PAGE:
Instead surround yourself with people who are going after their dreams, overcoming their fears, and developing their talents, and you will do the same.
Are there any well-known Books, Podcasts, or Courses that you credit your current success to?
I am an avid reader and I have read so many extraordinary books. However, one particular book that has particularly resonated with me is ‘Rich Dad Poor Dad — What The Rich Teach Their Kids About Money — That The Poor And Middle Class Do Not!’ by Robert T. Kiyosaki.
Rich Dad, Poor Dad is one of the few books that I recurrently read. It has taught me the art of storytelling and persuasion and how Robert turned a simple idea, into a multi-million-dollar information product empire.
In the book he presents a persuasive narrative, that is very simple to grasp and tremendously relatable.
The way Robert simplifies multifaceted topics and makes them applicable to ordinary people is highly convincing and influential.
The biggest takeaways for me from the book are that the single most powerful asset we all have is our mind. If it is trained well, it can create enormous wealth and most people never win because they’re afraid of losing or failing.
What do you think are the most important qualities for a successful business owner or executive to have?
I think that the 5 most important qualities for a successful business owner to have are:
1: Make genuine connections
It is not about the number of connections you make, but rather the quality of those connections and treating everyone as if they are the only other person in the room.
2: Stay humble
Remain humble, even in the face of unparalleled success.Use your position as an opportunity to serve and never assume your position makes you better than the next man.
3: Maintain a positive attitude
A positive attitude has the potential to elevate the level of those you work with. It is also the easiest way to navigate undeniably negative situations.
4: Place emphasis on integrity
Let your actions speak for themselves, and take pride in exercising integrity, no matter how small or big the task. Anything less is unacceptable.
5: Learn to read people
Conversations have as much to do with verbal communication as they do with non-verbal.
What someone says may not necessarily be what they mean, and unspoken communication is often more important than that of the spoken word. Learn to read facial expressions, body language, and tone of voice in order to get what’s really going on.
What advice would you give to someone who is just starting out as a business owner?
I would advice someone who is just starting out as a business owner to attend networking events within your sector and seek out online support via forums. You’ll be surprised just how willing others will be to help and offer advice. There will always be someone a little further down the path than you.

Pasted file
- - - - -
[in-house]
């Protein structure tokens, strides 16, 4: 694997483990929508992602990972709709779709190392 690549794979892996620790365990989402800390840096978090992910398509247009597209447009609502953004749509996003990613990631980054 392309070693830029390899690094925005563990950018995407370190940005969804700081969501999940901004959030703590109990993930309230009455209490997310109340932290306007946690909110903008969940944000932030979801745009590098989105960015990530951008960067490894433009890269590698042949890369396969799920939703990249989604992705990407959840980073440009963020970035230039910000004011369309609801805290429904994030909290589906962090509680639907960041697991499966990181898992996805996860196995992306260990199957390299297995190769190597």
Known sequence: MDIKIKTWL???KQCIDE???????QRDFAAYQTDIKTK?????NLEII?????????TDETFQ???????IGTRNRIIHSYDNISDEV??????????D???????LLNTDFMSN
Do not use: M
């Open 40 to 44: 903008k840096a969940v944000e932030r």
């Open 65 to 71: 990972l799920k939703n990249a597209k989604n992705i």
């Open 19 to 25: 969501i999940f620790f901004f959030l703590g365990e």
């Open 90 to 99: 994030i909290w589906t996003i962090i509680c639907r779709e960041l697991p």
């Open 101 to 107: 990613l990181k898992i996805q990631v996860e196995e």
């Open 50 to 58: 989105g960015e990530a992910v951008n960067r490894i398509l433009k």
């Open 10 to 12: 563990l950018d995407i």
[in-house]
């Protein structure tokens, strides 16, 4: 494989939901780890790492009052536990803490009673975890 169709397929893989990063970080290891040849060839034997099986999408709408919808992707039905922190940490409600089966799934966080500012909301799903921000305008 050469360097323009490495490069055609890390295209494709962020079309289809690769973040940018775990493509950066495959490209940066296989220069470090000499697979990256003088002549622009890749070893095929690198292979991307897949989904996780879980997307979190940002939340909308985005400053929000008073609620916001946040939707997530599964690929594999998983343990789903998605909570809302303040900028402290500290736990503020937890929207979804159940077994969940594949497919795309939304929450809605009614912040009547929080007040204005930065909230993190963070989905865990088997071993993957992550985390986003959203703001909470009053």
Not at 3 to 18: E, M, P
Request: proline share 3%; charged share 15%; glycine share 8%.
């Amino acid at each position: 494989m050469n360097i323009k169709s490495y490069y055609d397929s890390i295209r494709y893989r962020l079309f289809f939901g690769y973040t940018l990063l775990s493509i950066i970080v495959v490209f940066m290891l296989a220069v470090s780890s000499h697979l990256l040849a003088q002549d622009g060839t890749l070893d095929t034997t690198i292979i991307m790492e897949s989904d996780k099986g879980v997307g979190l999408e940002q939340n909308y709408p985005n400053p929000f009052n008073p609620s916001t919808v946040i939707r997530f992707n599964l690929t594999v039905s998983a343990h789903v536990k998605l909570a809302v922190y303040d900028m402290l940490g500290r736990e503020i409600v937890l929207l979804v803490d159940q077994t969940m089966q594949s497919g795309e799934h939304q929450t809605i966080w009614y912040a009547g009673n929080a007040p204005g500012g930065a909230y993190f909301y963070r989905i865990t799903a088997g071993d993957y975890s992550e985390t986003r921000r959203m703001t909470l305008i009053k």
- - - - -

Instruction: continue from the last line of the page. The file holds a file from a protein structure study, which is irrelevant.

What are the top three things you think are essential for business success?
The top 3 things that are essential for business success are:
Research - research is necessary to meet the changing needs of customers, stakeholders' demand, and also competition.
Planning - without planning ahead, you are already setting yourself up to fail. No successful business will thrive long term without that all-important strategy and vision.
Embracing technology - failing to engage with technology will hold your business back, meaning your competitors enter a league of their own whilst you trail behind. L22
Do you think someone can be a great business owner without having many years of experience first?
Some experience is a practical necessity to lead a business, even if it doesn't come from previous entrepreneurial endeavors.
When I launched Buckingham Futures in 2013 with no prior business experience, I found myself constantly trying to adapt to receive validation. It was draining and counter-productive since very few people knew me — the real Ketan — which is a prerequisite to liking me.
I’ve learnt that the higher you rise, the more attention you’ll receive, both positive and negative and that a willingness to be disliked certainly helps you deal with the added scrutiny.
In general, do you think the world is producing better business owners in 2023 than it was fifty years ago?
Fifty years ago, communities were very much more localised, with businesses serving only the local population. Modern business owners may have more competition but they also have greater opportunities in a global marketplace and increased opportunities for entrepreneurship.